Chemotherapy can damage DNA in both cancerous and normal cells, leading to uncomfortable side effects such as vomiting, diarrhea, fatigue, and loss of appetite. In a 2018 study, researchers investigated the effects of short-term fasting on quality of life and tolerance to chemotherapy in patients with breast and ovarian cancer. Specifically, the researchers looked at changes in quality of life, fatigue, and tolerance to chemotherapy in response to a 24-hour fast before chemotherapy compared to a non-fasting control group. The fasting group followed a protocol of a 24-hour fast before each chemotherapy session, while the control group followed their usual diet throughout the study period. The results of the study showed that the fasting group had less fatigue, better physical and emotional well-being, and improved tolerance to chemotherapy compared to the control group. 

In addition to fasting prior to chemotherapy to help with side effects, the fasting mimicking diet (FMD) may also be a promising strategy for improving the efficacy of chemotherapy and enhancing the immune system’s ability to fight cancer. A study published in 2016 found that a FMD was effective in reducing the growth of tumors and increasing the efficacy of chemotherapy in mice with cancer. The FMD was found to reduce the expression of the protein HO-1, which is known to suppress the immune system and promote tumor growth. In addition, the FMD increased the activity of T cells, a type of immune cell that plays a crucial role in destroying cancer cells. The FMD enhanced the ability of T cells to recognize and eliminate cancer cells, leading to improved tumor clearance.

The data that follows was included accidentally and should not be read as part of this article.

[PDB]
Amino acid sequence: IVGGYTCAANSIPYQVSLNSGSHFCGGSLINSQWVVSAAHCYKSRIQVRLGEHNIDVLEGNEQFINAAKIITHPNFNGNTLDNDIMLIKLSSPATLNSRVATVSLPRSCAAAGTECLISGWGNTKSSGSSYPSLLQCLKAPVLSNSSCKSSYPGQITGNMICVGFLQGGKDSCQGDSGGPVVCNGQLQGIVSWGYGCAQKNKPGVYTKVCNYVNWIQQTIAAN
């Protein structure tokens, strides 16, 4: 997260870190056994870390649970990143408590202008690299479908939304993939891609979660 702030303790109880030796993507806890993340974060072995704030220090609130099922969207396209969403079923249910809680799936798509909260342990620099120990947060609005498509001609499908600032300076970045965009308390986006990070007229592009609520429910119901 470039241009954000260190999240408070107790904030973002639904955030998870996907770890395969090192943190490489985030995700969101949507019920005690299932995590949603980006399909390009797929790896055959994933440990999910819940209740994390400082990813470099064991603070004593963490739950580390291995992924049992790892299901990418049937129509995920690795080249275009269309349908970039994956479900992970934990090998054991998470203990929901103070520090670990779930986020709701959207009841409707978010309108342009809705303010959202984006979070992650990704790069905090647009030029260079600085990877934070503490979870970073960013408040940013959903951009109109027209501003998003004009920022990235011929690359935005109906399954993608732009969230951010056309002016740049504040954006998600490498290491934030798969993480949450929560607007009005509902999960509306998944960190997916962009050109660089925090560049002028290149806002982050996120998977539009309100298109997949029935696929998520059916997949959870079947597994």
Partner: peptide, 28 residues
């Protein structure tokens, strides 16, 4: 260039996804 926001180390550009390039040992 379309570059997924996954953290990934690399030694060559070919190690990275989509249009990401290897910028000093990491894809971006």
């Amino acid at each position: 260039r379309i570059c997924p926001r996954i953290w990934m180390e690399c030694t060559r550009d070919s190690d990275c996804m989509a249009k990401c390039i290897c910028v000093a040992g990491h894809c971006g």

This exciting preliminary research suggests that periodic fasting may have the potential to improve cancer patients’ comfort levels during and after chemotherapy treatment, as well as enhance the effectiveness of treatments. However, further research on human subjects is necessary to confirm these beneficial effects on cancer survivorship and treatment efficacy. Currently, there are ongoing studies (1,2,) that are actively recruiting participants to evaluate the use of short-term fasting as a means of improving chemotherapy and radiation treatments. For more information on open trials currently recruiting, sign up for OncoPower, and we can help match you to a clinical trial, absolutely free! 

Looking to learn more or experience the potential benefits of fasting? Our expert Registered Dietitians at OncoPower can provide you with personalized recommendations tailored to your unique needs and goals. Reach out to us today to explore the potential benefits of fasting and discover how we can support you through treatment and recovery.